It’s not easy, but with the busy lives we all lead, it’s often the only way to make it happen.

Develop all the strategies you need to put it into place in your life.

Think through your obstacles and coach yourself to finding some solutions.

Beat Your Excuses Not to Run

That brings me nicely onto the subject of barriers.

Otherwise known as excuses. These are the things that prevent us doing things we want to do.

Or so we think.

Some barriers are real, such as a sick child or relative who needs to be cared for, or illness or serious injury, or a work deadline, but most are perceived, ‘I’m busy at work,  I don’t’ have time, I’m too tired’.

We all have barriers, it’s how we deal with them that matters.

Regular readers will be familiar with my love of the concept of ‘Growth Mindset’ coined by Stanford psychology professor Carol Dweck.

The Growth Mindset is all about finding solutions to problems, and seeing problems as simply as obstacles, rather than barriers.

Just a challenge to overcome.

Lets take a few examples and how applying the growth mindset can help:

Fixed Mindset Growth Mindset
I’m so busy at work I have no time to run Sure I’m busy, but my running is really important to me. I’ll find a way to run to work as part of my commute. I can leave spare clothes at work and get a backpack to carry my laptop.
I’m so tired by the time I get home, all I want to do is slump on the couch I know deep down that a gentle run will energise me. I don’t have to run for long, just 30 minutes is better than nothing and I know I’ll feel so much better.
I’m a single mom, it’s really hard for me to find the time to do anything for myself Running is my medicine and I need to do it for my health and wellbeing. I’ll ask my friend or my mom to care for the kids so I can run. They would help me if I had a Doctor appointment, and this is just as important.
It’s dark where I live and I don’t feel safe running at night I’ll invest in a powerful headtorch so I can run at night and I’ll ask my buddy Dave from work to run with me for safety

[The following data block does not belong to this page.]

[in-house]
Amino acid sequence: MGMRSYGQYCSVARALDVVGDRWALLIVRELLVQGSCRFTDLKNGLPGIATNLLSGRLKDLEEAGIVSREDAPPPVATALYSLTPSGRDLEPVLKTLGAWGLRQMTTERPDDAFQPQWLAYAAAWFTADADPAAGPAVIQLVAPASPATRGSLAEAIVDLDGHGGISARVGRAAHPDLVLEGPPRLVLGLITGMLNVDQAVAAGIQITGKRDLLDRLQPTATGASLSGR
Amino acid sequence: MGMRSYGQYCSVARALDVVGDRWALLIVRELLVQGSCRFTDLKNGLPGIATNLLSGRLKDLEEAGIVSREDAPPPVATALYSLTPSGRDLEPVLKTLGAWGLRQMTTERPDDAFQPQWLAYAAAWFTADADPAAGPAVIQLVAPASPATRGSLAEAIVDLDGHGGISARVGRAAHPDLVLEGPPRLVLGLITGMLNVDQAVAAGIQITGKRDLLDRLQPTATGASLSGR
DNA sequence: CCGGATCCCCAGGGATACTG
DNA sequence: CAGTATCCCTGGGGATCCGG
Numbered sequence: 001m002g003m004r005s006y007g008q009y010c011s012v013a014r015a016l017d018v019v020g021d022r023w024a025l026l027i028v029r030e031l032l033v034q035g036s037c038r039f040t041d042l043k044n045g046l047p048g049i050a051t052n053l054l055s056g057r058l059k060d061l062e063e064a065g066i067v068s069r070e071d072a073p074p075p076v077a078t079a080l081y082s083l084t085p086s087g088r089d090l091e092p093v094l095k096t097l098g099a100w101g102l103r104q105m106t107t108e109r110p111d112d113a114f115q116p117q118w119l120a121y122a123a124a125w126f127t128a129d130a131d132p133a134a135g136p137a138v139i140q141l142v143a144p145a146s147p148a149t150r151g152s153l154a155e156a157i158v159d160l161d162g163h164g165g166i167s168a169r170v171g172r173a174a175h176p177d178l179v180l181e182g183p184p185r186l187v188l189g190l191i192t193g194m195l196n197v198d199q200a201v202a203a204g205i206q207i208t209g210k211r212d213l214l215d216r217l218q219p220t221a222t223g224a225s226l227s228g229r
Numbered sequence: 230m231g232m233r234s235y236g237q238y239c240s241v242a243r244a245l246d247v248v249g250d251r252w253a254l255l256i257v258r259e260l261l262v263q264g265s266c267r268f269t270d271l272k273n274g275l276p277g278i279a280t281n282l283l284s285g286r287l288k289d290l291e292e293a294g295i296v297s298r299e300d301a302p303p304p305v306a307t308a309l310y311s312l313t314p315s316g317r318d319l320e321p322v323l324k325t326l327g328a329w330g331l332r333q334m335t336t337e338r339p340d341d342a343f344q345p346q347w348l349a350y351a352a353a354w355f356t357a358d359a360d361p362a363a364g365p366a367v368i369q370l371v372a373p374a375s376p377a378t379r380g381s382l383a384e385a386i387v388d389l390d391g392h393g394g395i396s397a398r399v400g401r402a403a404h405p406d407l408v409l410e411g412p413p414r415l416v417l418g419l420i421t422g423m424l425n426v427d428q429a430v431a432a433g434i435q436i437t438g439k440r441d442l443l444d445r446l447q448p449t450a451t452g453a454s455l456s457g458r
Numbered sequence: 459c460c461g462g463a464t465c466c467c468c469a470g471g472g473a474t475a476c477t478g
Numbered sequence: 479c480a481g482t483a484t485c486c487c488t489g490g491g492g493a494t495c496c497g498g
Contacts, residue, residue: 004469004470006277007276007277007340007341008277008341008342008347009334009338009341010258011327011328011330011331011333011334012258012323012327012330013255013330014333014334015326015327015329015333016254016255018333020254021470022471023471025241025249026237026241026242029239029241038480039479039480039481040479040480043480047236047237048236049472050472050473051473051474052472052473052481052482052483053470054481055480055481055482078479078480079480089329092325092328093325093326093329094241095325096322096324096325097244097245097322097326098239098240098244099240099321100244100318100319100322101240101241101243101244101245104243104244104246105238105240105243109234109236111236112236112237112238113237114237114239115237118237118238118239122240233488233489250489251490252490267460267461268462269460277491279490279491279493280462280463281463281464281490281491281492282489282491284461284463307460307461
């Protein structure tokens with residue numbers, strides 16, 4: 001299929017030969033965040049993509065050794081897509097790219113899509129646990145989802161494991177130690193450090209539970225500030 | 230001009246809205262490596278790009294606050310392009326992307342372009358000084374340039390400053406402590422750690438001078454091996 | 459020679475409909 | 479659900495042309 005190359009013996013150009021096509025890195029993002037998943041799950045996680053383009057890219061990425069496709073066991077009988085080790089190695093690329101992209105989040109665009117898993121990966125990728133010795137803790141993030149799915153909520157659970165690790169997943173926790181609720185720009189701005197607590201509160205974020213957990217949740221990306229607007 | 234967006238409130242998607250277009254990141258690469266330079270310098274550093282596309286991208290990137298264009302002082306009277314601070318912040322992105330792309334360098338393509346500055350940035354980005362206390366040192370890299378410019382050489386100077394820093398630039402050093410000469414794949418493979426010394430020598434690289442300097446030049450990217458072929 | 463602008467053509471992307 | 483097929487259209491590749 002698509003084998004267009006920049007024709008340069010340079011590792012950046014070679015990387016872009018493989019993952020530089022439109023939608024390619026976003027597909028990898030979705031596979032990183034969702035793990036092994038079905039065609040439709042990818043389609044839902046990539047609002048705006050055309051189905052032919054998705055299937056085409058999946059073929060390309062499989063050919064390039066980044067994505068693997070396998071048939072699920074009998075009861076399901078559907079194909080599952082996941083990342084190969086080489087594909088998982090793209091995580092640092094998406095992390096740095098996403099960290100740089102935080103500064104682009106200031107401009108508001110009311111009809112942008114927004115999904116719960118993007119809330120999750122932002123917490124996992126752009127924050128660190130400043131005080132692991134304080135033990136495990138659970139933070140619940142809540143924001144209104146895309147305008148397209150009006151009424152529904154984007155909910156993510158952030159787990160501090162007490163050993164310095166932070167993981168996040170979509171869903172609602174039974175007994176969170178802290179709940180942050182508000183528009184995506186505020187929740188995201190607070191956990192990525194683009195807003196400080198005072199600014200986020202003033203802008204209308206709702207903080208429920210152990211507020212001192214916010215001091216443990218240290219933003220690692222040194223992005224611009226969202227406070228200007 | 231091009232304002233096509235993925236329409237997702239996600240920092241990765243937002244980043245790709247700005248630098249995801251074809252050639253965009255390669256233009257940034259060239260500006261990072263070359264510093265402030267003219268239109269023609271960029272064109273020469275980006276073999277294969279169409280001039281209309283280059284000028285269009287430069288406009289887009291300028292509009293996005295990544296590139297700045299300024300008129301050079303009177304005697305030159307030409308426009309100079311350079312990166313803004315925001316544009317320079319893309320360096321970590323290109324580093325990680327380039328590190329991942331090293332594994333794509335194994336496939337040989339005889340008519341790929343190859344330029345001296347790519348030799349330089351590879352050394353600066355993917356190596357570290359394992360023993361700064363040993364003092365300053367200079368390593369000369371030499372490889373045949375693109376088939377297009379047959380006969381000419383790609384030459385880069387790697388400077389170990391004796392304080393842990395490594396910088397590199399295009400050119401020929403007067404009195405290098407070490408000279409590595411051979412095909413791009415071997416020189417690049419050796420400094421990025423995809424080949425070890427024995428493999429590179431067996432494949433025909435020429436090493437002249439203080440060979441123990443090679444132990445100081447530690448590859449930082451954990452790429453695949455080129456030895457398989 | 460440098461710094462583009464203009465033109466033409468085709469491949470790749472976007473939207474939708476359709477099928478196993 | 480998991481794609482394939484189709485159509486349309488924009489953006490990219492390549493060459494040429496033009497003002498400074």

I’m injured and can’t run Ok so I’ve got an injury, but what else can I do?  I can cycle, swim, and do my rehab exercises at home which will make me stronger when I’m back to it.

Of course these are just a few simple examples, but try to think about your own excuses and ask yourself if they really are barriers or are they actually just obstacles?

More importantly, what solutions can you find to overcome them?

Sometimes it just requires a bit of creative thinking.

It’s important to recognize that there will be times when it might get really tough.

When you have some big deadlines at work for example.

During those times, just do what you can, tick over and allow your running to ebb and flow with your lifestyle.

Hopefully those really crazy patches will be short lived.

If not, maybe time to change your job.

Finding Motivation to Keep Running When Tired

Training Pace is one of my soapbox topics, and one of the main reasons I believe so many beginners give up early on in the game.

Most beginner runners (and I’ve been coaching them for nearly 20 years) start out trying to run too fast.

Fact.

They think running has to be hard and often have little ability to pace themselves, which only comes with experience and practice.

If your brain associates exercise with pain and discomfort every time you train, it’ll be harder to stay motivated.

Initially you might be driven and can push on through the pain, but eventually you’ll give up.

Here’s the deal:

The single biggest mistake new runners make is to think that running has to be hard to be of benefit.

Of course it’s going to feel tough to begin with, but not so much that you’re in agony for days or totally exhausted.

It takes time to get fit and you have to build up slowly.

Everyone is different and will progress at different rates, and your body needs to build a solid fitness base, which can only be done if you run at an easy pace for up to 80% of your running.

My mantra for beginners is at that if at the end of your run you think, ‘ok, so I know I’ve done something, but I’m not exhausted and could easily do more’, then you’ve hit the nail on the head.

Keep the pace nice and easy (5/10 on an effort scale) for the majority of your training and you’ll be far more likely to stick with it in the long term.